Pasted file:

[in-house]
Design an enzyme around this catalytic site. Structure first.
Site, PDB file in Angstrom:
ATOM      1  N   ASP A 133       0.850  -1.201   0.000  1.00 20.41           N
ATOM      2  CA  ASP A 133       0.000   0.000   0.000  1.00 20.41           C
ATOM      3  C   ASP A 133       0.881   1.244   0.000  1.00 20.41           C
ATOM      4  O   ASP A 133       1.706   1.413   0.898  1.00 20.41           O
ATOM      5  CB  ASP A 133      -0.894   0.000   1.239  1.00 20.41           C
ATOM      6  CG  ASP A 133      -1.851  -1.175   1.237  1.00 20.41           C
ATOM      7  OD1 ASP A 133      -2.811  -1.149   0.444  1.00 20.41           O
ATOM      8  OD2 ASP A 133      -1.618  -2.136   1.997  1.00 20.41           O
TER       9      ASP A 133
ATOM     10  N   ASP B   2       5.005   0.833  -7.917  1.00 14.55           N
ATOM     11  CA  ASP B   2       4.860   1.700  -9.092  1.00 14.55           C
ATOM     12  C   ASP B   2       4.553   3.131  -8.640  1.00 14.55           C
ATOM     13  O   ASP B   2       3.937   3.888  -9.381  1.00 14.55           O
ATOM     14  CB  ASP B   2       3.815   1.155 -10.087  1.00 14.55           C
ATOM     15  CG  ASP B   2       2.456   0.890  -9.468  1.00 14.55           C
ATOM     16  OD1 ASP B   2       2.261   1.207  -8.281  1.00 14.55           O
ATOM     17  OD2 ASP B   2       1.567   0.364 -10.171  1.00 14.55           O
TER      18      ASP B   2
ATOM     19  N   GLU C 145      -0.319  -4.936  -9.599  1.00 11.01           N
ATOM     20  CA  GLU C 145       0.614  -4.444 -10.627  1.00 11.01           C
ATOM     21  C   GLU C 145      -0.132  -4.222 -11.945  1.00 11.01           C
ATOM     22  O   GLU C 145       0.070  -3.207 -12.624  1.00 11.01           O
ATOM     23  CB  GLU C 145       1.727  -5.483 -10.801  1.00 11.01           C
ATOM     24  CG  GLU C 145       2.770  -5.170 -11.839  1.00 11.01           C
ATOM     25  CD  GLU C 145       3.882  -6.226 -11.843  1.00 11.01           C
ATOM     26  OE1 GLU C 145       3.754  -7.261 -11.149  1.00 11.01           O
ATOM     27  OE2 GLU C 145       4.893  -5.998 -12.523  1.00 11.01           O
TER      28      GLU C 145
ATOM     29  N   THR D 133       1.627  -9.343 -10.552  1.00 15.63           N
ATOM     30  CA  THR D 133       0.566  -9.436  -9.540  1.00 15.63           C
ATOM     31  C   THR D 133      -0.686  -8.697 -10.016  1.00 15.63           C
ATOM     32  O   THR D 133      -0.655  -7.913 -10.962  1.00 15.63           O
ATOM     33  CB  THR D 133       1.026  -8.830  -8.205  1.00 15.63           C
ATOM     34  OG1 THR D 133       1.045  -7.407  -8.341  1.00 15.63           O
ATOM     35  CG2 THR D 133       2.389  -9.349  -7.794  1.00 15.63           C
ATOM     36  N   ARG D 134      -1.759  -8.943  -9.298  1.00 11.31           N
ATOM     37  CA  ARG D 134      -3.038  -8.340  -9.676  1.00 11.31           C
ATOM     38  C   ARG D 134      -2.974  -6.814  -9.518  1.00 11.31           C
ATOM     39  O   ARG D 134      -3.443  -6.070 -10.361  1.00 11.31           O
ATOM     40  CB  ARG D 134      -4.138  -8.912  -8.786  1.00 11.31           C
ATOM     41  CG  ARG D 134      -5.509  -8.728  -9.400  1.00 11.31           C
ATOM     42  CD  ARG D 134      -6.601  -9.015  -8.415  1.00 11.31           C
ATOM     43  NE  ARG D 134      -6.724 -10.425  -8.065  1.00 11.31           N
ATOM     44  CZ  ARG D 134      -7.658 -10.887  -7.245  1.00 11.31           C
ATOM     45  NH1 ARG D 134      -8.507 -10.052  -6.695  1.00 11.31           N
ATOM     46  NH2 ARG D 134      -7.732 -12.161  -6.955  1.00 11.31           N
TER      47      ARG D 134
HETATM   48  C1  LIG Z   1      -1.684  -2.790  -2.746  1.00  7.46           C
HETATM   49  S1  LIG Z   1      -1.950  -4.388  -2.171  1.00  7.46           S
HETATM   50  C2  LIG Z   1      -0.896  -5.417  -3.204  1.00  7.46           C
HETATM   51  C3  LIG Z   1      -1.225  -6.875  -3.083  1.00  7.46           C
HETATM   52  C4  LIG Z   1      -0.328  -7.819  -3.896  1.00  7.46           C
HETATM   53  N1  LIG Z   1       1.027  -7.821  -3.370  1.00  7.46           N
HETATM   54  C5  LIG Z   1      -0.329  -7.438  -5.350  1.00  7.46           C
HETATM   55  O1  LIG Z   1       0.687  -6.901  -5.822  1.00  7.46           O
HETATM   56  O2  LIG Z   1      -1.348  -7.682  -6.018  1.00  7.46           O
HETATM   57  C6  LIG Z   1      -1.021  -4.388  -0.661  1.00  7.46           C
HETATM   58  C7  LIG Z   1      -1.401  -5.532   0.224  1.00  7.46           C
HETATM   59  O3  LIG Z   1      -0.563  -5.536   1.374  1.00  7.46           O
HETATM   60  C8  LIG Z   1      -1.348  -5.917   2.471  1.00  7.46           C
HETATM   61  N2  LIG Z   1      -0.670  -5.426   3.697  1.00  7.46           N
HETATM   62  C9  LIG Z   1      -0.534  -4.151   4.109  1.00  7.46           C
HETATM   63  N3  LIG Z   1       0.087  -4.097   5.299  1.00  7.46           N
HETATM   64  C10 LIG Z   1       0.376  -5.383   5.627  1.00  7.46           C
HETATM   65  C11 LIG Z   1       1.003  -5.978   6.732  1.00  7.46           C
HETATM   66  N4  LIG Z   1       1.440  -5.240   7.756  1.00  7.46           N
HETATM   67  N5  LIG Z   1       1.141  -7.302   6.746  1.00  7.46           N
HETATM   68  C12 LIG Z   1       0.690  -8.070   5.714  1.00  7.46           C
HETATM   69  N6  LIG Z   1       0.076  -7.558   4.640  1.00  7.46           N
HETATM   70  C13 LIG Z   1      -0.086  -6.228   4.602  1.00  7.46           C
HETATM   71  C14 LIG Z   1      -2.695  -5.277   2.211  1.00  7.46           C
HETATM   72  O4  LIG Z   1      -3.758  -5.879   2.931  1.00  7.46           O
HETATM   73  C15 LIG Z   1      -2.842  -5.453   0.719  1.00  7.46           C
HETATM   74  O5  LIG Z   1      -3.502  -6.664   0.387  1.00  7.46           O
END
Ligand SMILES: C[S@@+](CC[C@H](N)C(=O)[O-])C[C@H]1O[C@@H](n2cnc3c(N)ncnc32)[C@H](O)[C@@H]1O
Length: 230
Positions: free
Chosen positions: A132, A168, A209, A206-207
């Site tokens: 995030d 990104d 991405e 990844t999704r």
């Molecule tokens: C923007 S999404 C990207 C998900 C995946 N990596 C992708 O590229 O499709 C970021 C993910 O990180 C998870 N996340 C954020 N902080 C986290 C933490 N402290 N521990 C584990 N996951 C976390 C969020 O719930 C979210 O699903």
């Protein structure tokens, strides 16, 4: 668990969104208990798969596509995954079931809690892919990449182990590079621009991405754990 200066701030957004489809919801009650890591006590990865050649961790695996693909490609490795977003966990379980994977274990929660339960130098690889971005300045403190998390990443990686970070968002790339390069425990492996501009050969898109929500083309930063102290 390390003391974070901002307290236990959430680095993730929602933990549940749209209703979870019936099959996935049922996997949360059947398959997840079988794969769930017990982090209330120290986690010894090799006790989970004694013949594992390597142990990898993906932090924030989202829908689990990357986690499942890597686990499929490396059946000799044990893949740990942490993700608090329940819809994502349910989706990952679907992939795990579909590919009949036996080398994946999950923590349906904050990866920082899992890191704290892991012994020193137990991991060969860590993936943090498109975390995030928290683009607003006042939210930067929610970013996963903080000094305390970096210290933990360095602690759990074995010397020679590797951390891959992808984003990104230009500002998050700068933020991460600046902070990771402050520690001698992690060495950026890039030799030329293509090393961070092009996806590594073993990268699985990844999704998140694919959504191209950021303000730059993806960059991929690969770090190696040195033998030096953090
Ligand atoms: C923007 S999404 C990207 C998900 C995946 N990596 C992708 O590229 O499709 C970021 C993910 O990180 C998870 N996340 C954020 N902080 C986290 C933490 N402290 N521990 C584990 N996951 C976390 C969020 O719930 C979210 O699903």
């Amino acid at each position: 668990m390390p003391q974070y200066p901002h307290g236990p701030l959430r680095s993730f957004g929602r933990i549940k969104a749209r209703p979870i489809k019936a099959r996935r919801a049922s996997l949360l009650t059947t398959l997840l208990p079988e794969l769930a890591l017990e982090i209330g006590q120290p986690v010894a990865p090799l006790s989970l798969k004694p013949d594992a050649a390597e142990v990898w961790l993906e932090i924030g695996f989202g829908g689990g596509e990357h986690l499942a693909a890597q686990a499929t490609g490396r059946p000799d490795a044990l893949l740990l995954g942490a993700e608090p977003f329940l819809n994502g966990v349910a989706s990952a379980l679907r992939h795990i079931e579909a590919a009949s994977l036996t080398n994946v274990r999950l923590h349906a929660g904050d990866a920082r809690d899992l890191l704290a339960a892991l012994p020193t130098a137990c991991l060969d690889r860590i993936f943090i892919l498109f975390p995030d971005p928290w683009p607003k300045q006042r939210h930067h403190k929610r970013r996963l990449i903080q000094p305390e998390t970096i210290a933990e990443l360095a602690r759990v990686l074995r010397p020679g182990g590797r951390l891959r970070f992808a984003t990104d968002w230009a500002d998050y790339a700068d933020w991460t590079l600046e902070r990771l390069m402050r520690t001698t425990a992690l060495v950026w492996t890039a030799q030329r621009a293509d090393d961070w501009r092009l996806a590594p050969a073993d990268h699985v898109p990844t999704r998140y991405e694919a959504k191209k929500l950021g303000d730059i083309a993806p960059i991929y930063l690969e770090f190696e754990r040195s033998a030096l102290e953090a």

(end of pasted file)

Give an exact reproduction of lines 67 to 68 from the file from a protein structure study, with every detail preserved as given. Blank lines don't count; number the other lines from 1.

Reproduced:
HETATM   64  C10 LIG Z   1       0.376  -5.383   5.627  1.00  7.46           C
HETATM   65  C11 LIG Z   1       1.003  -5.978   6.732  1.00  7.46           C